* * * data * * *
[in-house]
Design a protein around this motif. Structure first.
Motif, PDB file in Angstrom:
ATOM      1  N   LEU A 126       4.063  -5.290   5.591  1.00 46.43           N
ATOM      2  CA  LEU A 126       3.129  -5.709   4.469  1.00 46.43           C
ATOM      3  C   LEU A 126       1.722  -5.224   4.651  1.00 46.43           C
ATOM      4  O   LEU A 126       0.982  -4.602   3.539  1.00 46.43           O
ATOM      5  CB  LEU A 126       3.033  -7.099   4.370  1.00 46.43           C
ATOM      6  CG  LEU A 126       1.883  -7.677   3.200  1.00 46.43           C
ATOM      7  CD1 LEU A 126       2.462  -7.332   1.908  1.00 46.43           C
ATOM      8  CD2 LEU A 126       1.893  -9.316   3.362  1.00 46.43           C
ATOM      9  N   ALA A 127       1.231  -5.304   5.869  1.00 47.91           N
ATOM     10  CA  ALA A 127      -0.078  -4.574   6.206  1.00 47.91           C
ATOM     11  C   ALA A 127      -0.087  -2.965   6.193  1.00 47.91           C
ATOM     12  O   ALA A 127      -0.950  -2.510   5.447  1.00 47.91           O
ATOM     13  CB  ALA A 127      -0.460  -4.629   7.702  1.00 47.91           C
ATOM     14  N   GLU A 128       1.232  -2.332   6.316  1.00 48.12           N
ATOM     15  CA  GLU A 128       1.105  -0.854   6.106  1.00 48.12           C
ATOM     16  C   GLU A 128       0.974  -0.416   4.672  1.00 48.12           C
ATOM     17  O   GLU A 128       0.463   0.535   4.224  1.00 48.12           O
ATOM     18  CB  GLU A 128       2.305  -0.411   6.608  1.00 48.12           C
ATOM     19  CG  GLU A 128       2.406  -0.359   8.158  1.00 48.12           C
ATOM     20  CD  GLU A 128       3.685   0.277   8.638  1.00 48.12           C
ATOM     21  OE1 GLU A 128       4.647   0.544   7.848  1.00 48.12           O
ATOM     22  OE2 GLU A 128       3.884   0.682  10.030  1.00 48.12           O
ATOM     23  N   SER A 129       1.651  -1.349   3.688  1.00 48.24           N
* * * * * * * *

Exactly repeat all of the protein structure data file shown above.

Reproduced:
[in-house]
Design a protein around this motif. Structure first.
Motif, PDB file in Angstrom:
ATOM      1  N   LEU A 126       4.063  -5.290   5.591  1.00 46.43           N
ATOM      2  CA  LEU A 126       3.129  -5.709   4.469  1.00 46.43           C
ATOM      3  C   LEU A 126       1.722  -5.224   4.651  1.00 46.43           C
ATOM      4  O   LEU A 126       0.982  -4.602   3.539  1.00 46.43           O
ATOM      5  CB  LEU A 126       3.033  -7.099   4.370  1.00 46.43           C
ATOM      6  CG  LEU A 126       1.883  -7.677   3.200  1.00 46.43           C
ATOM      7  CD1 LEU A 126       2.462  -7.332   1.908  1.00 46.43           C
ATOM      8  CD2 LEU A 126       1.893  -9.316   3.362  1.00 46.43           C
ATOM      9  N   ALA A 127       1.231  -5.304   5.869  1.00 47.91           N
ATOM     10  CA  ALA A 127      -0.078  -4.574   6.206  1.00 47.91           C
ATOM     11  C   ALA A 127      -0.087  -2.965   6.193  1.00 47.91           C
ATOM     12  O   ALA A 127      -0.950  -2.510   5.447  1.00 47.91           O
ATOM     13  CB  ALA A 127      -0.460  -4.629   7.702  1.00 47.91           C
ATOM     14  N   GLU A 128       1.232  -2.332   6.316  1.00 48.12           N
ATOM     15  CA  GLU A 128       1.105  -0.854   6.106  1.00 48.12           C
ATOM     16  C   GLU A 128       0.974  -0.416   4.672  1.00 48.12           C
ATOM     17  O   GLU A 128       0.463   0.535   4.224  1.00 48.12           O
ATOM     18  CB  GLU A 128       2.305  -0.411   6.608  1.00 48.12           C
ATOM     19  CG  GLU A 128       2.406  -0.359   8.158  1.00 48.12           C
ATOM     20  CD  GLU A 128       3.685   0.277   8.638  1.00 48.12           C
ATOM     21  OE1 GLU A 128       4.647   0.544   7.848  1.00 48.12           O
ATOM     22  OE2 GLU A 128       3.884   0.682  10.030  1.00 48.12           O
ATOM     23  N   SER A 129       1.651  -1.349   3.688  1.00 48.24           N